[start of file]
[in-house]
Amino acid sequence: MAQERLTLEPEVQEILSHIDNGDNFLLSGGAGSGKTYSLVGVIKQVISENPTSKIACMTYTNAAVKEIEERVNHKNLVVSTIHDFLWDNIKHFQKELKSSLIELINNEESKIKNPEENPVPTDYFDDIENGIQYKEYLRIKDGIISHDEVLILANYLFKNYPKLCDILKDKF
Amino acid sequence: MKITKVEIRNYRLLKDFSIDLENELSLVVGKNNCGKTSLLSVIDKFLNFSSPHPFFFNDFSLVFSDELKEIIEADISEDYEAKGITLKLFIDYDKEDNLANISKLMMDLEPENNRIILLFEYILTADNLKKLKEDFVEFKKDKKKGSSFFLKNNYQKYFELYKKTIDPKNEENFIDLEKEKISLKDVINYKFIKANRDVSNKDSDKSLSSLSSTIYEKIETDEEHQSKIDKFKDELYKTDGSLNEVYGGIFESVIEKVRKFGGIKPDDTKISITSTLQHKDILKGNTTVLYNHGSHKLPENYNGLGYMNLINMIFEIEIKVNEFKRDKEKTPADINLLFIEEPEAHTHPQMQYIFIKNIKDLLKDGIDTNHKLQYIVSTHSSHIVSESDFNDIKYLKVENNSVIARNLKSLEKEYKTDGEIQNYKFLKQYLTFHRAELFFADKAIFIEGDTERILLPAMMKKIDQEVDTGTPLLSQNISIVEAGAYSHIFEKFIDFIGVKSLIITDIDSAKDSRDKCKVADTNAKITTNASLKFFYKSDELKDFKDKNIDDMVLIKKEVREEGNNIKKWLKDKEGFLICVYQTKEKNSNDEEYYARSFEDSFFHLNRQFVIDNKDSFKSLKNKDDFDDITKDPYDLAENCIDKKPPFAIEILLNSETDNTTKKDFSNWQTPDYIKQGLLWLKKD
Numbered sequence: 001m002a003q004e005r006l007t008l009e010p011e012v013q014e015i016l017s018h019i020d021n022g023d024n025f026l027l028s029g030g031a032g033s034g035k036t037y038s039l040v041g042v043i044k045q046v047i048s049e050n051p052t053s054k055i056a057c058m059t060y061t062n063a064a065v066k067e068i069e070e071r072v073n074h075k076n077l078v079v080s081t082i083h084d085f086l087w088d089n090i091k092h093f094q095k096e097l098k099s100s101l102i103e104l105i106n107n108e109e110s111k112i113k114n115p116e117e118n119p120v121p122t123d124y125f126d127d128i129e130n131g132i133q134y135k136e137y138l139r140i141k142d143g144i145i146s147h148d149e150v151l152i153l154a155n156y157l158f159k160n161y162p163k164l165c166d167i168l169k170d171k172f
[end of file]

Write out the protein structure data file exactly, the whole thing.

[in-house]
Amino acid sequence: MAQERLTLEPEVQEILSHIDNGDNFLLSGGAGSGKTYSLVGVIKQVISENPTSKIACMTYTNAAVKEIEERVNHKNLVVSTIHDFLWDNIKHFQKELKSSLIELINNEESKIKNPEENPVPTDYFDDIENGIQYKEYLRIKDGIISHDEVLILANYLFKNYPKLCDILKDKF
Amino acid sequence: MKITKVEIRNYRLLKDFSIDLENELSLVVGKNNCGKTSLLSVIDKFLNFSSPHPFFFNDFSLVFSDELKEIIEADISEDYEAKGITLKLFIDYDKEDNLANISKLMMDLEPENNRIILLFEYILTADNLKKLKEDFVEFKKDKKKGSSFFLKNNYQKYFELYKKTIDPKNEENFIDLEKEKISLKDVINYKFIKANRDVSNKDSDKSLSSLSSTIYEKIETDEEHQSKIDKFKDELYKTDGSLNEVYGGIFESVIEKVRKFGGIKPDDTKISITSTLQHKDILKGNTTVLYNHGSHKLPENYNGLGYMNLINMIFEIEIKVNEFKRDKEKTPADINLLFIEEPEAHTHPQMQYIFIKNIKDLLKDGIDTNHKLQYIVSTHSSHIVSESDFNDIKYLKVENNSVIARNLKSLEKEYKTDGEIQNYKFLKQYLTFHRAELFFADKAIFIEGDTERILLPAMMKKIDQEVDTGTPLLSQNISIVEAGAYSHIFEKFIDFIGVKSLIITDIDSAKDSRDKCKVADTNAKITTNASLKFFYKSDELKDFKDKNIDDMVLIKKEVREEGNNIKKWLKDKEGFLICVYQTKEKNSNDEEYYARSFEDSFFHLNRQFVIDNKDSFKSLKNKDDFDDITKDPYDLAENCIDKKPPFAIEILLNSETDNTTKKDFSNWQTPDYIKQGLLWLKKD
Numbered sequence: 001m002a003q004e005r006l007t008l009e010p011e012v013q014e015i016l017s018h019i020d021n022g023d024n025f026l027l028s029g030g031a032g033s034g035k036t037y038s039l040v041g042v043i044k045q046v047i048s049e050n051p052t053s054k055i056a057c058m059t060y061t062n063a064a065v066k067e068i069e070e071r072v073n074h075k076n077l078v079v080s081t082i083h084d085f086l087w088d089n090i091k092h093f094q095k096e097l098k099s100s101l102i103e104l105i106n107n108e109e110s111k112i113k114n115p116e117e118n119p120v121p122t123d124y125f126d127d128i129e130n131g132i133q134y135k136e137y138l139r140i141k142d143g144i145i146s147h148d149e150v151l152i153l154a155n156y157l158f159k160n161y162p163k164l165c166d167i168l169k170d171k172f